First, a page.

Moderated by Sommer Mathis, Editor of The Atlantic Cities, the panel also included Sarah Zanton of The Johns Hopkins University School of Nursing and Sarah Rosen Wartell, President of the Urban Institute. Together they discussed how demographic changes in the United States are affecting the country’s development needs.
Changing demographics and shifting consumer demands have deeply impacted the real estate market, causing developers to put a greater emphasis than ever before on the creation of smart growth neighborhoods within easy distance to jobs, shops and schools. From millenials to baby-boomers, Americans are moving away from large-lot suburban housing and looking to take up … Continued
To understand the new American dream, we have to understand the new America.
This was the theme of today’s opening plenary session at RailVolution, a four-day conference dedicated to discussing strategies for building livable communities served by transit. This year’s conference, which takes place in Washington, DC, will discuss the best strategies to support downtowns, the benefits rail can bring to a regional economy, and policy initiatives that can support these goals.
Opening this morning’s plenary was Chris Leinberger, President of LOCUS: Responsible Real Estate Developers and Investors. Joining him was Manuel Pastor, Professor of American Studies and Ethnicity at the University of Southern California, Los Angeles.
Both Leinberger and Pastor spoke about shifting trends in the United States, and how these shifts will influence communities’ strategies for building homes, business areas and transportation networks. The U.S. is diversifying both ethnically and racially, Pastor explained, and the suburbs in particular are growing more diverse than ever before. These aren’t the only changes at work, however. Leinberger added that the U.S.’s population is growing older, as millions of Americans reach retirement age. The number of homes in America without children is also on the rise, and young people are increasingly moving to cities and urban areas.
You’ve probably seen some of the anecdotal evidence in newspaper stories or other outlets recently about how many center cities have experienced a resurgence of residential growth within their borders over the last 10 to 20 years. Many of us had wondered if there had been any systematic examination of building permit trends to document … Continued
SGA communications director David Goldberg appeared on KGO in the San Francisco Bay Area last night, discussing how America is fundamentally changing in light of rising gas prices — as well as a plethora of other factors and trends all converging at the same time. People have been coming back in [to cities] for the … Continued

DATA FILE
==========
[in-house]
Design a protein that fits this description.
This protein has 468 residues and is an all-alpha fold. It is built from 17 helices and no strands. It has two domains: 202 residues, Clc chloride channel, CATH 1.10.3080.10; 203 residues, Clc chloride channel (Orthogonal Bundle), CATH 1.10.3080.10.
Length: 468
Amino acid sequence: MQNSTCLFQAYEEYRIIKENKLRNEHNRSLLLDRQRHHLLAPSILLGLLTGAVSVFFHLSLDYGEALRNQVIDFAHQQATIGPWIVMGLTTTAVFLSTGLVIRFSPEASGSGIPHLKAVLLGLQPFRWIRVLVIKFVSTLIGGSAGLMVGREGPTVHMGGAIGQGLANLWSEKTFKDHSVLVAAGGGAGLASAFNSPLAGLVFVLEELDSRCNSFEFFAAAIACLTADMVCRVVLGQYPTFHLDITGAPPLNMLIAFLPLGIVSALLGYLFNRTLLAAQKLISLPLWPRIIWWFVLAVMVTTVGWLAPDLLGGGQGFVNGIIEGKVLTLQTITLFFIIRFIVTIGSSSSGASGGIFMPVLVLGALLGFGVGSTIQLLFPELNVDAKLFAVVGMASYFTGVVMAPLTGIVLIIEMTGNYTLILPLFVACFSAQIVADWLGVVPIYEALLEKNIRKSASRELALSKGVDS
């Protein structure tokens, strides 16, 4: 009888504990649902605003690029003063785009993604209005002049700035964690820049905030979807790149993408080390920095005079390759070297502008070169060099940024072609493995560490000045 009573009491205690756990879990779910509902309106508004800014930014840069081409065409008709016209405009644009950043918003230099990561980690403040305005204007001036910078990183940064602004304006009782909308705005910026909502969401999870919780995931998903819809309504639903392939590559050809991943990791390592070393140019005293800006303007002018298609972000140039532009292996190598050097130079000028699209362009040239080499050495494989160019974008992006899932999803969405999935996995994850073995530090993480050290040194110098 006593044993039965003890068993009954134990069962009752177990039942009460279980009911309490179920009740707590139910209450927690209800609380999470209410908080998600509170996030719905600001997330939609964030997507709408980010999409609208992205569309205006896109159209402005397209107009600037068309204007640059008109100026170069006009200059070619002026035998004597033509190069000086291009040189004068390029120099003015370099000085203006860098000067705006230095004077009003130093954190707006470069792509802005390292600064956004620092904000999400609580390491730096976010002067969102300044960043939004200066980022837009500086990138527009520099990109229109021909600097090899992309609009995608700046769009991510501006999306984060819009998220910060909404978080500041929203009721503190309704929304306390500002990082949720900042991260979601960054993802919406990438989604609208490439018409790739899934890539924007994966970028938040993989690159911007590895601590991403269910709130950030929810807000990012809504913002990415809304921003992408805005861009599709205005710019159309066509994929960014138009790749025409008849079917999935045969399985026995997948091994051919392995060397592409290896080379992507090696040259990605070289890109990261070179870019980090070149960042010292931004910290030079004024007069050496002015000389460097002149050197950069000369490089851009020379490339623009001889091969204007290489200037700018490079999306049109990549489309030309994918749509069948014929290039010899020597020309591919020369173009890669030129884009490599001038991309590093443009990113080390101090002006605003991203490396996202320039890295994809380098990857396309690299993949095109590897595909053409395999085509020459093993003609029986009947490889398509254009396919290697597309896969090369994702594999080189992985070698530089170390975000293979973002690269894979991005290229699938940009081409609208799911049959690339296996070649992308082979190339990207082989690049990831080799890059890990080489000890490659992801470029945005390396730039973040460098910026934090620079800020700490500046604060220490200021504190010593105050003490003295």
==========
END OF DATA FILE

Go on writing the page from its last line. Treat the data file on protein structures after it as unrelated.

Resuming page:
As we’ve highlighted this week, Growing Cooler: The Evidence on Urban Development and Climate Change is out in its final, sharp-looking book form. Released in a preliminary technical form last fall, the book has been revised, updated, and published as a beautiful hardcover book, replete with informative graphics, pictures and illustrations. The crux? It will … Continued
Those were the words of Scenic America’s Kevin Fry in a slideshow from the New York Times that accompanied a Dan Barry column just before Christmas. (New York Times photograph by Angel Franco. Click image to view the slideshow) “Once you’ve lost your connection to your place you have no reason to care about it … Continued
But they still have places to go, people to see, things to do. So how do they stay mobile once their ability to drive is gone? As we’ve noted frequently, seismic demographic shifts are underway as America races towards 400 million in population. One of them is an approaching “senior tsunami,” with nearly 1 in … Continued
The New York Times gave some love this weekend to Portland, Oregon. First, a story about the growth of the city focuses on how maintaining a small-town big city designed for people, connected to the environment, and with options for transportation, has resulted in a population boom in younger people, as well as older people … Continued
Three-fourths of Americans believe that being smarter about development and improving public transportation are better long-term solutions for reducing traffic congestion than building new roads, according to a survey released today by the National Association of Realtors® and Smart Growth America. The 2007 Growth and Transportation Survey details what Americans think about how development affects … Continued